The decision in Warner Lambert v Actavis is good news for generic pharmaceutical companies who will feel emboldened to continue marketing "skinny label" products (i.e. for the treatment of non-patented indications, even where the same drug is under patent for a different indication).
What was the dispute about?
In this case, Warner Lambert objected to the manufacture by Actavis of the drug, pregabalin, for the treatment of epilepsy and GAD (off-patent) because Warner Lambert’s evidence showed it was being prescribed off-label by doctors for the patented indication (the treatment of pain). Under the NHS prescribing system, doctors are encouraged to prescribe generically – the clinical prescription software has this built-in, generic drug names are displayed rather than brand names as the default.
In what was considered an aggressive move, Warner Lambert wrote to doctors and pharmacists to notify them of its patent. Warner Lambert’s initial case was that doctors and pharmacists would infringe the patent if they prescribed/dispensed Actavis’ generic pregabalin for the treatment of pain.
By the time the case reached the Supreme Court, Warner Lambert had accepted that doctors did not infringe, however it is was a key aspect of Warner Lambert’s case that a pharmacist may infringe by virtue of indirect infringement. The Supreme Court made short shrift of this argument, finding that the patent protection did not extend to steps taken by the pharmacist.
By contrast, the Supreme Court justices were split on the issue of direct infringement by the manufacturer. By virtue of majority it appears that the new test of infringement in respect of these types of claims is whether the packaging (including any labelling or accompanying patient information leaflet) is presented as suitable for the uses which enjoy patent protection (the “outward presentation” test). The intention of the manufacturer of the product is irrelevant.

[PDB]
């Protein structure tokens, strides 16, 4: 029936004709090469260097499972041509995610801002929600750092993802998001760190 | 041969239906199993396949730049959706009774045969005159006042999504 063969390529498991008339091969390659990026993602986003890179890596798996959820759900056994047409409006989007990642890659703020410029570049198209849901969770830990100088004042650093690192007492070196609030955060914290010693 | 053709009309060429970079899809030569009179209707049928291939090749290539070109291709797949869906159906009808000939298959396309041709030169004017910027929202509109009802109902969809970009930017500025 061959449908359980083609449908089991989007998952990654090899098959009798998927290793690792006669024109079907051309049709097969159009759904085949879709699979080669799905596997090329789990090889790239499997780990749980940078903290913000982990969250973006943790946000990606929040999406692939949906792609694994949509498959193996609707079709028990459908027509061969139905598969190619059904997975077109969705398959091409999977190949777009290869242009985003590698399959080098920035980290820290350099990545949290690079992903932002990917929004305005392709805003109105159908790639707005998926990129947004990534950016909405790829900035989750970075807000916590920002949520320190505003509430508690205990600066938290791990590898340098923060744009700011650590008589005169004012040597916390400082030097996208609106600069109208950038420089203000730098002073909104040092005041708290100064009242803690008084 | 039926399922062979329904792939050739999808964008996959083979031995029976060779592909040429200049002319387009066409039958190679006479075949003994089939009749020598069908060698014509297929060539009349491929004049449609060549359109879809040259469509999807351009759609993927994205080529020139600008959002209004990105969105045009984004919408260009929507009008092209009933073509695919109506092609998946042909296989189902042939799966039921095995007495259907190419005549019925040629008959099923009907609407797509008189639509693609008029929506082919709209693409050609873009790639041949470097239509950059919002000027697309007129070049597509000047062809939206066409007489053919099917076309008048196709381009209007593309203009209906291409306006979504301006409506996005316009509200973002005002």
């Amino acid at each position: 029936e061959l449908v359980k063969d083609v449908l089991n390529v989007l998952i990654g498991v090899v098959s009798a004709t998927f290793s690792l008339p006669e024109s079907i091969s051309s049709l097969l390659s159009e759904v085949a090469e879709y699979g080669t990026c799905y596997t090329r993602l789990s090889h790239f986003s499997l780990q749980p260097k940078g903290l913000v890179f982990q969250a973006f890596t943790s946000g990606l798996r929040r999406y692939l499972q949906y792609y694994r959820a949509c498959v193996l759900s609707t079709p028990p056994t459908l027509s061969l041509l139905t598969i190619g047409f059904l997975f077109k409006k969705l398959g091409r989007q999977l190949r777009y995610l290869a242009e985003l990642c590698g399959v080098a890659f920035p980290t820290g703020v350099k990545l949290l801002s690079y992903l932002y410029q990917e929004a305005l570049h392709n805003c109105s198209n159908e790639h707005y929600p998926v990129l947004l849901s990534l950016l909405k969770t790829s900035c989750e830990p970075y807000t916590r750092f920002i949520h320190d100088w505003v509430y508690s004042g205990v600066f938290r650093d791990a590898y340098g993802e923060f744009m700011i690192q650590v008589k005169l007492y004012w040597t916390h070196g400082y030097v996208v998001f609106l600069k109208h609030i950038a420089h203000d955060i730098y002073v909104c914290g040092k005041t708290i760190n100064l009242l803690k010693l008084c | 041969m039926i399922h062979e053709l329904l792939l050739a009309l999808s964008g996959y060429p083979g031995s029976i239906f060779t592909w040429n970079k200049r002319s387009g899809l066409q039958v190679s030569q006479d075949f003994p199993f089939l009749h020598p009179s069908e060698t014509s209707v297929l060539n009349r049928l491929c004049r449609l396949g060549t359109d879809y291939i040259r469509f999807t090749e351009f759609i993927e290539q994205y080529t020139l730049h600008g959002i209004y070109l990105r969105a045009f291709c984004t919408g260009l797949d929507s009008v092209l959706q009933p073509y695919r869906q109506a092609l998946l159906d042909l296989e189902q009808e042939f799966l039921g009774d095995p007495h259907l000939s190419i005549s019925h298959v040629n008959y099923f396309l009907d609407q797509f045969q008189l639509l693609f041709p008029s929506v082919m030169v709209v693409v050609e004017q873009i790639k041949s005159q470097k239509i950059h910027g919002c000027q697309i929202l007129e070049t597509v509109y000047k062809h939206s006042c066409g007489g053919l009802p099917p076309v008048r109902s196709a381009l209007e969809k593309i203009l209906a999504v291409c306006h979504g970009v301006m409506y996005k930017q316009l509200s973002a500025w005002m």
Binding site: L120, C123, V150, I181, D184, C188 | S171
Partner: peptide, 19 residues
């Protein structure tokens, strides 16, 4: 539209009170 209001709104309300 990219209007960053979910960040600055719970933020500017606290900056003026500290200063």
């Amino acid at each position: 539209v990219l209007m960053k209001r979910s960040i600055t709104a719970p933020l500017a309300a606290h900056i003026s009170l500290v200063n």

In reaching this decision, the Supreme Court went further than the primary case advanced by Actavis at the trial, which was that the subjective intention of the manufacturer was the key criterion for direct infringement. This is another timely reminder that the Supreme Court may stray from accepted positions in areas of law (here IP) to reach its decisions.
Osborne Clarke comment
It is yet to be seen how far-reaching the implications of this decision will be. This is because:
- The case related to a particular type of patent claim, the so-called “Swiss form claim” (“the use of compound X in the manufacture of a medicament for the treatment of Y”) which have now been replaced by purpose-limited product claims called “EPC 2000 claims”. The Court did not consider whether their reasoning would apply in respect of EPC 2000 claims;
- As the Supreme Court found non-infringement, the infringement comments are all obiter (however, it would be difficult to argue in a lower Court for a different test).
If the case is followed in the future (particularly in respect of EPC 2000 claims), it is likely to make generic drugs more accessible for non-patented indications of patented substances, and, in turn, lead to cost-savings for the NHS.